set hoodie.insert.shuffle.parallelism = 100;set hoodie.upsert.shuffle.parallelism = 100;set hoodie.delete.shuffle.parallelism = 100;

Set with table options#

You can also set the config with table options when creating table which will work for the table scope only and override the config set by the SET command.

create table if not exists h3(  id bigint,   name string,   price double) using hudioptions (  primaryKey = 'id',  type = 'mor',  ${hoodie.config.key1} = '${hoodie.config.value2}',  ${hoodie.config.key2} = '${hoodie.config.value2}',  ....);
e.g.create table if not exists h3(  id bigint,   name string,   price double) using hudioptions (  primaryKey = 'id',  type = 'mor',  hoodie.cleaner.fileversions.retained = '20',  hoodie.keep.max.commits = '20');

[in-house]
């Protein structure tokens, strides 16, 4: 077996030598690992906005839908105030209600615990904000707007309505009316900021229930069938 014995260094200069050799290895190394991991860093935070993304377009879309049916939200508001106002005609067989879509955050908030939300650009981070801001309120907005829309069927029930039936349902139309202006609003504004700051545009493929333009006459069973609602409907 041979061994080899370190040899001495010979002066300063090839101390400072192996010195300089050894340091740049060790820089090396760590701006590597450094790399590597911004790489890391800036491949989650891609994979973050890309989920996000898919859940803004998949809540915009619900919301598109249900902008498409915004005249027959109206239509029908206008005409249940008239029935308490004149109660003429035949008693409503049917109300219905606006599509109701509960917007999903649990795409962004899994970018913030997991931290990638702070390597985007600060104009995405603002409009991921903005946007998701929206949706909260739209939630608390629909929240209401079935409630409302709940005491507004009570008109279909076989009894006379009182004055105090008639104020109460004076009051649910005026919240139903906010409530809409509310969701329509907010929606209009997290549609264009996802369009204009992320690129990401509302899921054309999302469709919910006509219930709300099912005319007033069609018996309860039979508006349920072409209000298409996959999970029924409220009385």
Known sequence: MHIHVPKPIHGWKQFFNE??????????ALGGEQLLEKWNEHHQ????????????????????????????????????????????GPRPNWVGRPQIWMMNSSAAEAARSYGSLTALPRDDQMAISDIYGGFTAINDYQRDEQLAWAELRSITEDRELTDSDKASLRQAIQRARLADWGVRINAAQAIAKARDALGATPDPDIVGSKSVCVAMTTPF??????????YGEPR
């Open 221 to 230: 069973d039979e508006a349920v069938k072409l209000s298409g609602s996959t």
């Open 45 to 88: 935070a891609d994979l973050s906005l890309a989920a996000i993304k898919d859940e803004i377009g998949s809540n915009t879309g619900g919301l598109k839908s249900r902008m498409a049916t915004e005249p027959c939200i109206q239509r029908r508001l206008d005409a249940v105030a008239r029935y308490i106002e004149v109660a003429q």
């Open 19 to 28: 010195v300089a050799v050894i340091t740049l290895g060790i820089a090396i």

You can also alter the write config for a table by the ALTER SERDEPROPERTIES

e.g.

 alter table h3 set serdeproperties (hoodie.keep.max.commits = '10') 

Where to go from here?#

You can also do the quickstart by building hudi yourself, and using --jars <path to hudi_code>/packaging/hudi-spark-bundle/target/hudi-spark-bundle_2.1?-*.*.*-SNAPSHOT.jar in the spark-shell command above instead of --packages org.apache.hudi:hudi-spark3-bundle_2.12:0.9.0. Hudi also supports scala 2.12. Refer build with scala 2.12 for more info.

Also, we used Spark here to show case the capabilities of Hudi. However, Hudi can support multiple table types/query types and Hudi tables can be queried from query engines like Hive, Spark, Presto and much more. We have put together a demo video that show cases all of this on a docker based setup with all dependent systems running locally. We recommend you replicate the same setup and run the demo yourself, by following steps here to get a taste for it. Also, if you are looking for ways to migrate your existing data to Hudi, refer to migration guide.